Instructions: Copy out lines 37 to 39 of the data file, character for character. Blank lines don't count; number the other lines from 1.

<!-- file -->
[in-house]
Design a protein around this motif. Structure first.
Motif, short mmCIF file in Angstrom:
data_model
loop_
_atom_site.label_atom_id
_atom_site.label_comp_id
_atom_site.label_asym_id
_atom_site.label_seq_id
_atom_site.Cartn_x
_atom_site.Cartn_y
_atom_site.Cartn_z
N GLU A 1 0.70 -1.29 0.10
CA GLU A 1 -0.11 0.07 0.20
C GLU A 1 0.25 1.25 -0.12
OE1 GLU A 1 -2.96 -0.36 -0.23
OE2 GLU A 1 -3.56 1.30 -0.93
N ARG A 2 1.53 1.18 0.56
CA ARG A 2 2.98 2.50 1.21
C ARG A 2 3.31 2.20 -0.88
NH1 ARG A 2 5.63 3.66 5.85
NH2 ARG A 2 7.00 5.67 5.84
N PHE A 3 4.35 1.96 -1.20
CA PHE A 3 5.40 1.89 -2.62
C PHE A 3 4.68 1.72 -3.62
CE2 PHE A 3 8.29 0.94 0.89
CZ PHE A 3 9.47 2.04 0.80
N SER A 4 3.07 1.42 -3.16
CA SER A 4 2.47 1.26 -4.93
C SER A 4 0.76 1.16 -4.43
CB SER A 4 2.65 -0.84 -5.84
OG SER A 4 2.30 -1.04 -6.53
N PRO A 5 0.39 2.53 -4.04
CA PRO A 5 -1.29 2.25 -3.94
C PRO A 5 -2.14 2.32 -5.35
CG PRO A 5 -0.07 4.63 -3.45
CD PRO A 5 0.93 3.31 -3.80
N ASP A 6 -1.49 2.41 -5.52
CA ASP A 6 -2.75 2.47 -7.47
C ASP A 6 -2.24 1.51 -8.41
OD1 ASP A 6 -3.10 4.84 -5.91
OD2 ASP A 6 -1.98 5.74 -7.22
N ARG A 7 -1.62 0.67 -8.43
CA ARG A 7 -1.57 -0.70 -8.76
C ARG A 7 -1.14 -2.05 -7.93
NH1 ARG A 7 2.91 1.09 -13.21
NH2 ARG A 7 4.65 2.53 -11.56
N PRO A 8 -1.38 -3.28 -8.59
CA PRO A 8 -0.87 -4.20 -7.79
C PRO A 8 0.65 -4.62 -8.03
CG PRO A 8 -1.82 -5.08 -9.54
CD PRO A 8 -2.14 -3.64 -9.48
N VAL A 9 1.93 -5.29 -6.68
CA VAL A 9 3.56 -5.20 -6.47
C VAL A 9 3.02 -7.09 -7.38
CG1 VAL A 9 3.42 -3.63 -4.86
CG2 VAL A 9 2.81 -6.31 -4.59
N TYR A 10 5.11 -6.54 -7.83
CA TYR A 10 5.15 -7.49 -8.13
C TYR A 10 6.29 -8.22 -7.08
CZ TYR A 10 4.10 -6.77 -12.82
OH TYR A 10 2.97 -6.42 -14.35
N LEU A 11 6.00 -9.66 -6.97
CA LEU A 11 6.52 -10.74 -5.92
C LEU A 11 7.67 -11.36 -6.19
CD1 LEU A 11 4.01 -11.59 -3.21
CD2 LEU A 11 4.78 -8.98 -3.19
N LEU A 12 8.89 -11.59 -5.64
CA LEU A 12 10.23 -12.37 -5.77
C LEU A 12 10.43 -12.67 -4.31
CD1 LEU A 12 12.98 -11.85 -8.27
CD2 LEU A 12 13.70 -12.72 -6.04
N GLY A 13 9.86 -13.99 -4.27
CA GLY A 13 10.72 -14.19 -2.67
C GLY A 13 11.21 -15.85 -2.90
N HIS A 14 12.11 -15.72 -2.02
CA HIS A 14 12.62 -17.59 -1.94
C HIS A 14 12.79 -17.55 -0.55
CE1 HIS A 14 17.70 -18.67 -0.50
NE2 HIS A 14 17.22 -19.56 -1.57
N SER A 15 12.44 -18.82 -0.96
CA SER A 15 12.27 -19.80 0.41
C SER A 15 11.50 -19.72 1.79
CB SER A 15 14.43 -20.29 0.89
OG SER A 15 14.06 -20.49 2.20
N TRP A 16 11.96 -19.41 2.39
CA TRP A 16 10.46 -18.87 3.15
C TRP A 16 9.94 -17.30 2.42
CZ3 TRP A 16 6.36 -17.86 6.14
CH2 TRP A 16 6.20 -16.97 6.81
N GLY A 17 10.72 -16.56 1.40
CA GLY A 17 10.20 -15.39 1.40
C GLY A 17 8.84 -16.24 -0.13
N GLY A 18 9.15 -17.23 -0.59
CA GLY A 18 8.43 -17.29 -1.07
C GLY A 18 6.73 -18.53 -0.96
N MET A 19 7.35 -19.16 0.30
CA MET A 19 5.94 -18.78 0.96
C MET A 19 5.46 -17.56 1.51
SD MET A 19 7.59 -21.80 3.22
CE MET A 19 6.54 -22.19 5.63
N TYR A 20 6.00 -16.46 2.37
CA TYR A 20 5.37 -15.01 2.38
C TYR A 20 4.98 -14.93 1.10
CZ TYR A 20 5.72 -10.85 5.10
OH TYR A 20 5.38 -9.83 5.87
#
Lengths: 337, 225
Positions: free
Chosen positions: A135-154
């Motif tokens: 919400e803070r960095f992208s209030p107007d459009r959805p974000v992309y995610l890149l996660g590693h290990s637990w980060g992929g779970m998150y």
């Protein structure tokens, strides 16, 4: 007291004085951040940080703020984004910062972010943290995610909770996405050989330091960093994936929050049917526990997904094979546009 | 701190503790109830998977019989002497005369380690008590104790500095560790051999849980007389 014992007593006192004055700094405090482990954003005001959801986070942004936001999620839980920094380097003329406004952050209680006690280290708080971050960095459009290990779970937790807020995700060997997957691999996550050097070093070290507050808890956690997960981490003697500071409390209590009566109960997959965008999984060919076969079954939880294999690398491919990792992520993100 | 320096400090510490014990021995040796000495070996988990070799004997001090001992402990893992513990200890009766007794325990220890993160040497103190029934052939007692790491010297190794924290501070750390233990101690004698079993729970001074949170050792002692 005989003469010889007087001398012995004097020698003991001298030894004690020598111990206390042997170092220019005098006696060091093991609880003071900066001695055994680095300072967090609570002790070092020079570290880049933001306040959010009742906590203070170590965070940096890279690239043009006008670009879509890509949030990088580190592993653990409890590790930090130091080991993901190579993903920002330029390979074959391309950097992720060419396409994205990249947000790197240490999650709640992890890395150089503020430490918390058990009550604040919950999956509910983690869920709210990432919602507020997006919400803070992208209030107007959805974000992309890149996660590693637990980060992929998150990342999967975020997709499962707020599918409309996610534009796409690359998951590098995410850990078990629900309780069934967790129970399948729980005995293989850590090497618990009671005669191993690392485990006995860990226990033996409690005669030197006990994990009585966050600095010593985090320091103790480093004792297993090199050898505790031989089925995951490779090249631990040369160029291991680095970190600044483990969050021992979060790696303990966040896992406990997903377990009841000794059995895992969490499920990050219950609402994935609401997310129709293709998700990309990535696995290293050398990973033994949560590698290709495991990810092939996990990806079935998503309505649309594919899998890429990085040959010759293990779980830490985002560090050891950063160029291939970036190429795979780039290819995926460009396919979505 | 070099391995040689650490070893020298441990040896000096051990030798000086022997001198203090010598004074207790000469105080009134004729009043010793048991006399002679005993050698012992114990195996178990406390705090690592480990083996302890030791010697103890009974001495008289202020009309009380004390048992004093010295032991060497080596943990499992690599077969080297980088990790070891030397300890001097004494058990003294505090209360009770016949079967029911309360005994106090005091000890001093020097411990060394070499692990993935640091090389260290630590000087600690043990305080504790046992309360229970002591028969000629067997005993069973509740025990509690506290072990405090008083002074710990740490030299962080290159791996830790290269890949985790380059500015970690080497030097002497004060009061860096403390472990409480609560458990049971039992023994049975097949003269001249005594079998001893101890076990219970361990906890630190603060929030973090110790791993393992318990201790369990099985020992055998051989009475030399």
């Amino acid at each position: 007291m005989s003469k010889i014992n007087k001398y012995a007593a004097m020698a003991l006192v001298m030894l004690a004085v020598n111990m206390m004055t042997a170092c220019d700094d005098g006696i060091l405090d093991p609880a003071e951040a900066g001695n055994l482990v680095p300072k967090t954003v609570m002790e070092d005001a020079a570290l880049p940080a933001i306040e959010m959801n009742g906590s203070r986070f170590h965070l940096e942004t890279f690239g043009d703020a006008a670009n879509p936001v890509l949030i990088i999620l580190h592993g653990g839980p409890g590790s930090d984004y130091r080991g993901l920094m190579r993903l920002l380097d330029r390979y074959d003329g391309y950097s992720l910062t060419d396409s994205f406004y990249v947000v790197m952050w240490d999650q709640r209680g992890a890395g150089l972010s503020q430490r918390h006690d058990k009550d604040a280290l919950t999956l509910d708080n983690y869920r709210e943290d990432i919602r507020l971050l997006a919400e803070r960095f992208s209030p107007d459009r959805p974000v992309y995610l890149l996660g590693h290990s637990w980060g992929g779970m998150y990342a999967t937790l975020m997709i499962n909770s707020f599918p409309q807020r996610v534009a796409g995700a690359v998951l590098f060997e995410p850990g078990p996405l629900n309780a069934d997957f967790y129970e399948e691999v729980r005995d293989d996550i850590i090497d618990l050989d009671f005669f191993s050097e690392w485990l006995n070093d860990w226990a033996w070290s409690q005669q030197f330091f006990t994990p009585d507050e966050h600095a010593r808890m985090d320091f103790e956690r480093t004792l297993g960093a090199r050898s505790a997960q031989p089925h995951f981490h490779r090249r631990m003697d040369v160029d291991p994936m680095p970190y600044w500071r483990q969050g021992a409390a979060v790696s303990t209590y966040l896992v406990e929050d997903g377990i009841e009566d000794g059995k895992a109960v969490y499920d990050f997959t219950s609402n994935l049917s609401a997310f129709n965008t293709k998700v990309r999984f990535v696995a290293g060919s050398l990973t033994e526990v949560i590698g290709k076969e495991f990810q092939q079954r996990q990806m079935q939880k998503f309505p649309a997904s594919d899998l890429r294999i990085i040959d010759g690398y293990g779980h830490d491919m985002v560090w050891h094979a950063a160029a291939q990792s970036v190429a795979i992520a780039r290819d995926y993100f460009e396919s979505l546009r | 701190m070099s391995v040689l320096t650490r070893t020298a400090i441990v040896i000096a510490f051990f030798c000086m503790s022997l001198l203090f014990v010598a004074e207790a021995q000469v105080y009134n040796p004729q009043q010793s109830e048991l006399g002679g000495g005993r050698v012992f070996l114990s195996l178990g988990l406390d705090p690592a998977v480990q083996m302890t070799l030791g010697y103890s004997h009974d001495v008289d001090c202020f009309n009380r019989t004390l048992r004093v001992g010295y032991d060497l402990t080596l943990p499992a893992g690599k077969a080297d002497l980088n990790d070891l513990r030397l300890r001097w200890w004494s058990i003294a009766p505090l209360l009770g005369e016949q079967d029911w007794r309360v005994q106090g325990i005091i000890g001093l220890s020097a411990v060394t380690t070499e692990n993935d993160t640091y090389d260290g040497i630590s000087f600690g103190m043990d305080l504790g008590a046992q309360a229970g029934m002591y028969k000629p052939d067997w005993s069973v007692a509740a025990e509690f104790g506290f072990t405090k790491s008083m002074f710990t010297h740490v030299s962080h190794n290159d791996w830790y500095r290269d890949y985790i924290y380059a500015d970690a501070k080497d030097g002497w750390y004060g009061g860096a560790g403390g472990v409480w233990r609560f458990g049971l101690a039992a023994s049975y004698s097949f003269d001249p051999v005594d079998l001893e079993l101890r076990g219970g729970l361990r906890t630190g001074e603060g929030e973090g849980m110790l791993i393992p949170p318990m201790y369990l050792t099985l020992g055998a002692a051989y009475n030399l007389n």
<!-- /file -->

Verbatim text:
CD PRO A 5 0.93 3.31 -3.80
N ASP A 6 -1.49 2.41 -5.52
CA ASP A 6 -2.75 2.47 -7.47